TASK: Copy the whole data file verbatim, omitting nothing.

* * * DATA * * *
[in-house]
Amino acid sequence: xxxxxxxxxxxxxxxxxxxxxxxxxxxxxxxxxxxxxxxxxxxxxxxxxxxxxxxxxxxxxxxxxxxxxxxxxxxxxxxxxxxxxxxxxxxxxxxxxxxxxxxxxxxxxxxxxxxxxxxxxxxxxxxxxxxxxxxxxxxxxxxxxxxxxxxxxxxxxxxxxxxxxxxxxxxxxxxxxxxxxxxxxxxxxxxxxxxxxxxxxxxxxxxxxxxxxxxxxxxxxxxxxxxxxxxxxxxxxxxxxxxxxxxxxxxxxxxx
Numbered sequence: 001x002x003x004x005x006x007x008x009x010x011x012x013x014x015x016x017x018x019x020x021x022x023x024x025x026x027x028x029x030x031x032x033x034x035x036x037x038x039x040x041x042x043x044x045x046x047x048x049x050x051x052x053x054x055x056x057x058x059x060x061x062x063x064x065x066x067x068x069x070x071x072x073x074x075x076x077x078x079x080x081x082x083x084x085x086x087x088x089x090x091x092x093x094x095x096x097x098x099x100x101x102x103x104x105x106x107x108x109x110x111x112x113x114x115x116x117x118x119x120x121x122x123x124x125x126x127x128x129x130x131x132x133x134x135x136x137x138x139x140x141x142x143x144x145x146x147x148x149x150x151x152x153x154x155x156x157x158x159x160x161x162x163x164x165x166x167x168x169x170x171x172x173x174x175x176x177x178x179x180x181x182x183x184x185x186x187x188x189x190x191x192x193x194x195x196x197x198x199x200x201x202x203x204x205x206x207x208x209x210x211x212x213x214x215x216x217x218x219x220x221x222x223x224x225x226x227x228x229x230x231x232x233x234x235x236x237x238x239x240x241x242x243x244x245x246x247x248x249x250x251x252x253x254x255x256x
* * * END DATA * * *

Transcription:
[in-house]
Amino acid sequence: xxxxxxxxxxxxxxxxxxxxxxxxxxxxxxxxxxxxxxxxxxxxxxxxxxxxxxxxxxxxxxxxxxxxxxxxxxxxxxxxxxxxxxxxxxxxxxxxxxxxxxxxxxxxxxxxxxxxxxxxxxxxxxxxxxxxxxxxxxxxxxxxxxxxxxxxxxxxxxxxxxxxxxxxxxxxxxxxxxxxxxxxxxxxxxxxxxxxxxxxxxxxxxxxxxxxxxxxxxxxxxxxxxxxxxxxxxxxxxxxxxxxxxxxxxxxxxxx
Numbered sequence: 001x002x003x004x005x006x007x008x009x010x011x012x013x014x015x016x017x018x019x020x021x022x023x024x025x026x027x028x029x030x031x032x033x034x035x036x037x038x039x040x041x042x043x044x045x046x047x048x049x050x051x052x053x054x055x056x057x058x059x060x061x062x063x064x065x066x067x068x069x070x071x072x073x074x075x076x077x078x079x080x081x082x083x084x085x086x087x088x089x090x091x092x093x094x095x096x097x098x099x100x101x102x103x104x105x106x107x108x109x110x111x112x113x114x115x116x117x118x119x120x121x122x123x124x125x126x127x128x129x130x131x132x133x134x135x136x137x138x139x140x141x142x143x144x145x146x147x148x149x150x151x152x153x154x155x156x157x158x159x160x161x162x163x164x165x166x167x168x169x170x171x172x173x174x175x176x177x178x179x180x181x182x183x184x185x186x187x188x189x190x191x192x193x194x195x196x197x198x199x200x201x202x203x204x205x206x207x208x209x210x211x212x213x214x215x216x217x218x219x220x221x222x223x224x225x226x227x228x229x230x231x232x233x234x235x236x237x238x239x240x241x242x243x244x245x246x247x248x249x250x251x252x253x254x255x256x